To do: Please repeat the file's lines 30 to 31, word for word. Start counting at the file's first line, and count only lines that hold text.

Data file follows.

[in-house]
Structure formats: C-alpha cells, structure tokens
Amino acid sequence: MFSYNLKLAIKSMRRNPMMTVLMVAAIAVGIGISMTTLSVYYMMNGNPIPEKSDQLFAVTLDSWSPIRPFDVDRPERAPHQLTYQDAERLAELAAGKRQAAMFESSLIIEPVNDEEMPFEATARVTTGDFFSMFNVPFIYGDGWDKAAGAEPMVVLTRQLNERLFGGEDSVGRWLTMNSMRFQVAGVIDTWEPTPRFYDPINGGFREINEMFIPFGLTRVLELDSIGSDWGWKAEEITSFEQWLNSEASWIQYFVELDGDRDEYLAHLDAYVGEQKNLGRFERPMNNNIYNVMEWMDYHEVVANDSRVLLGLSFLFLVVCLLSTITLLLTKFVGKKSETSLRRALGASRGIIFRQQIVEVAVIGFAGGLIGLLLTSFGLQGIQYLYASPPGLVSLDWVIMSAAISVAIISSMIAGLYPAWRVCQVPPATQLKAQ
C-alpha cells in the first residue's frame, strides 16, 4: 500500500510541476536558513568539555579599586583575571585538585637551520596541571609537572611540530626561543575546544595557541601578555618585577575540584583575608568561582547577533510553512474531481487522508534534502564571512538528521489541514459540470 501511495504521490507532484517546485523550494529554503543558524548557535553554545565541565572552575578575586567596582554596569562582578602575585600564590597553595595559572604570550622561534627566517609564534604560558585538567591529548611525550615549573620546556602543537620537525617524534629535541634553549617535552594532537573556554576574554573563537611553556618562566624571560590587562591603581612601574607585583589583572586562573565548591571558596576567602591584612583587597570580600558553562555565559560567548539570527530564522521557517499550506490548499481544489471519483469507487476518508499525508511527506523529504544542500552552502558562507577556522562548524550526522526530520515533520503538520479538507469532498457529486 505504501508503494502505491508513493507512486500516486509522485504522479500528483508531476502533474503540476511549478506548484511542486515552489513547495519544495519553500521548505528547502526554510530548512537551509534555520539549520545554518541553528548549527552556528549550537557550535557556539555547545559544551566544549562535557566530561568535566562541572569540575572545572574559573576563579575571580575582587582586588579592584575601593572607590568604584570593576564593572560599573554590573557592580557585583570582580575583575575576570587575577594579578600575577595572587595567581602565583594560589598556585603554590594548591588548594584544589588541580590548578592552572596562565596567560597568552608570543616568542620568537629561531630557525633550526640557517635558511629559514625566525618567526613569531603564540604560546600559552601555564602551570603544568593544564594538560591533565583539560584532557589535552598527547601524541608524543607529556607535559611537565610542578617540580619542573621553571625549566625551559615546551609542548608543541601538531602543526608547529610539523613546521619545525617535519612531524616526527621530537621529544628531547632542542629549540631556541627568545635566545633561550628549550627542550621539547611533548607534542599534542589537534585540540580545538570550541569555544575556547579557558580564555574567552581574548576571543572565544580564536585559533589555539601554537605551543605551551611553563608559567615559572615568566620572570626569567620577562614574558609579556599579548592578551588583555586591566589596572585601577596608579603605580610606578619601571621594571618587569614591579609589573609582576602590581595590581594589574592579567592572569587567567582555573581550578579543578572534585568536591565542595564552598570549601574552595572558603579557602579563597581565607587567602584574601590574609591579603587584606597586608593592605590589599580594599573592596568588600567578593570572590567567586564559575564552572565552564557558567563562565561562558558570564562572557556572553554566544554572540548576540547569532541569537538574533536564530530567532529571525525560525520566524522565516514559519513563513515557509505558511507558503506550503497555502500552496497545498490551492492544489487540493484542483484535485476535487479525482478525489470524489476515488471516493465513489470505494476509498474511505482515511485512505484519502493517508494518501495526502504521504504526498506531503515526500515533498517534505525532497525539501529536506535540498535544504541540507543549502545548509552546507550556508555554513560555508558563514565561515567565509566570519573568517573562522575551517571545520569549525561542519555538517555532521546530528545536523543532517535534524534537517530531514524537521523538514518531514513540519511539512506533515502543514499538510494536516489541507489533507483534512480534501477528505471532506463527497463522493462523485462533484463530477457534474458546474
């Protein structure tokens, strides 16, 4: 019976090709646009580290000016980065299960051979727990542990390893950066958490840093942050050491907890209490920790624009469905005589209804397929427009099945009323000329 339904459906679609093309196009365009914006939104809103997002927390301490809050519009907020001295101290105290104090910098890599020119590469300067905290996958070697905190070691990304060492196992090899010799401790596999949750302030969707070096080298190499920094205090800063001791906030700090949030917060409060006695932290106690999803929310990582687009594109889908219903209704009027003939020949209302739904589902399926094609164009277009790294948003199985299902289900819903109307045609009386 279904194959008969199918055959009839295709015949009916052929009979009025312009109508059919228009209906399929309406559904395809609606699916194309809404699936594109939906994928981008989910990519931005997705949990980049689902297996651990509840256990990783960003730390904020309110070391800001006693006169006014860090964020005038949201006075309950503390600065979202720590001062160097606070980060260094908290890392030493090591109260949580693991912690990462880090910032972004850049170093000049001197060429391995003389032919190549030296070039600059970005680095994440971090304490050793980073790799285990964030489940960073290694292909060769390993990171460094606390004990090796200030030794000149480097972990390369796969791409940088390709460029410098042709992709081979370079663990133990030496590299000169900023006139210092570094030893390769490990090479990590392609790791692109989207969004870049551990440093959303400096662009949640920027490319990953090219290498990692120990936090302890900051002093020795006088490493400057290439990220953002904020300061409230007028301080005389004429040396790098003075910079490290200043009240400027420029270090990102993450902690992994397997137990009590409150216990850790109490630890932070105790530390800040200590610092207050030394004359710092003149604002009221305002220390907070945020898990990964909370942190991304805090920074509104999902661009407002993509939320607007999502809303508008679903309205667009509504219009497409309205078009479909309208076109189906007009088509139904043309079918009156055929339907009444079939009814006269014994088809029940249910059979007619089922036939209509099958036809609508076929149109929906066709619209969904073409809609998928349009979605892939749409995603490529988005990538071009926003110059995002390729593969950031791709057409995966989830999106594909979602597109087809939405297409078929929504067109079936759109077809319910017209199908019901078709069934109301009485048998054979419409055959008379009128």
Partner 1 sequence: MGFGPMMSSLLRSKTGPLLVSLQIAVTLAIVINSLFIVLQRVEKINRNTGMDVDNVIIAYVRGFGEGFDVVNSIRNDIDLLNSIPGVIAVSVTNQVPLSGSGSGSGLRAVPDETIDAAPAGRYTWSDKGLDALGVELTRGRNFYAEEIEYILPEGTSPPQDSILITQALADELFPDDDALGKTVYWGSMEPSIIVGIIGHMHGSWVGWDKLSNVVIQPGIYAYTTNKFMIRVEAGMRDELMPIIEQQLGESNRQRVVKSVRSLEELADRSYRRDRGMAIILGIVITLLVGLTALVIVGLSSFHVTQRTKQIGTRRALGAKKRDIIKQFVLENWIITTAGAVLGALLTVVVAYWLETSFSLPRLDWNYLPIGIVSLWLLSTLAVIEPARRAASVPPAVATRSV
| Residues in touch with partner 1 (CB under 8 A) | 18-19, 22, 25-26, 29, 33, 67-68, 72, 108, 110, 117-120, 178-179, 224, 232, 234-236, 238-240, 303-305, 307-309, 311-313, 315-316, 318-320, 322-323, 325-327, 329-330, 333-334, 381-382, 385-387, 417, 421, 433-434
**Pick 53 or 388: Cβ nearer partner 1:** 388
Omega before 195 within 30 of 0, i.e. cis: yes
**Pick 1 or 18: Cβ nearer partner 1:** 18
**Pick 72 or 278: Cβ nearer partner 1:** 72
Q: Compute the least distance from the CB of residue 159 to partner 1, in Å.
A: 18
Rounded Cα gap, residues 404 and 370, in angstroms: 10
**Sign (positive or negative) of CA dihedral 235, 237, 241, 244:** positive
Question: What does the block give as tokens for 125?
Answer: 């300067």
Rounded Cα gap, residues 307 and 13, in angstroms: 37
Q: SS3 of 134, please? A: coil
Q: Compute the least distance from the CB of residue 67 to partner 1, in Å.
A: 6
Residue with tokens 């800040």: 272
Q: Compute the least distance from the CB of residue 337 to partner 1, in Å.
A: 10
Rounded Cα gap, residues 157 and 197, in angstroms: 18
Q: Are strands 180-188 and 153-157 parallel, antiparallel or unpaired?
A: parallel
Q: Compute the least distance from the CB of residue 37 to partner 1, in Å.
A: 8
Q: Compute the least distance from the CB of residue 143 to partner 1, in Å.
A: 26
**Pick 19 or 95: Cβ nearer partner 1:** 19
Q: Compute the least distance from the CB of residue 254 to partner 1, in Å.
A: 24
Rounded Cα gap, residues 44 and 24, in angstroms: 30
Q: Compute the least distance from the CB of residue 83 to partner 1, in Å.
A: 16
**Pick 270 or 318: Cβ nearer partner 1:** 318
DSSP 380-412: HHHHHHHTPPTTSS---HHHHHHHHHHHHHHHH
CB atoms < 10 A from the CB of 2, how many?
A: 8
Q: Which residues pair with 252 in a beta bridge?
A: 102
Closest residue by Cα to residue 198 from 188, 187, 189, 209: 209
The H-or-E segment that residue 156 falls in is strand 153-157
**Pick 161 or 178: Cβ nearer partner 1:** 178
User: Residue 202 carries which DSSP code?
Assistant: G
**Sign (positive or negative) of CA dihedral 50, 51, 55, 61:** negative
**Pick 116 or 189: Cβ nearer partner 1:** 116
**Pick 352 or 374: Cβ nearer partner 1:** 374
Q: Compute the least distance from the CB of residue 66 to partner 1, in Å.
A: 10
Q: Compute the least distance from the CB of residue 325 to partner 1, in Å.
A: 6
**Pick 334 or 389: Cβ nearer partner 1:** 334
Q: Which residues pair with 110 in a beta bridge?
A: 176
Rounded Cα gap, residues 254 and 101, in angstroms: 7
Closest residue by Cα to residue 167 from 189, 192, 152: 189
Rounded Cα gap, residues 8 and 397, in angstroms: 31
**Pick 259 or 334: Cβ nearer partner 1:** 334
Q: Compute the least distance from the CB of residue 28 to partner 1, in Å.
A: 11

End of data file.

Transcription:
Q: Compute the least distance from the CB of residue 143 to partner 1, in Å.
A: 26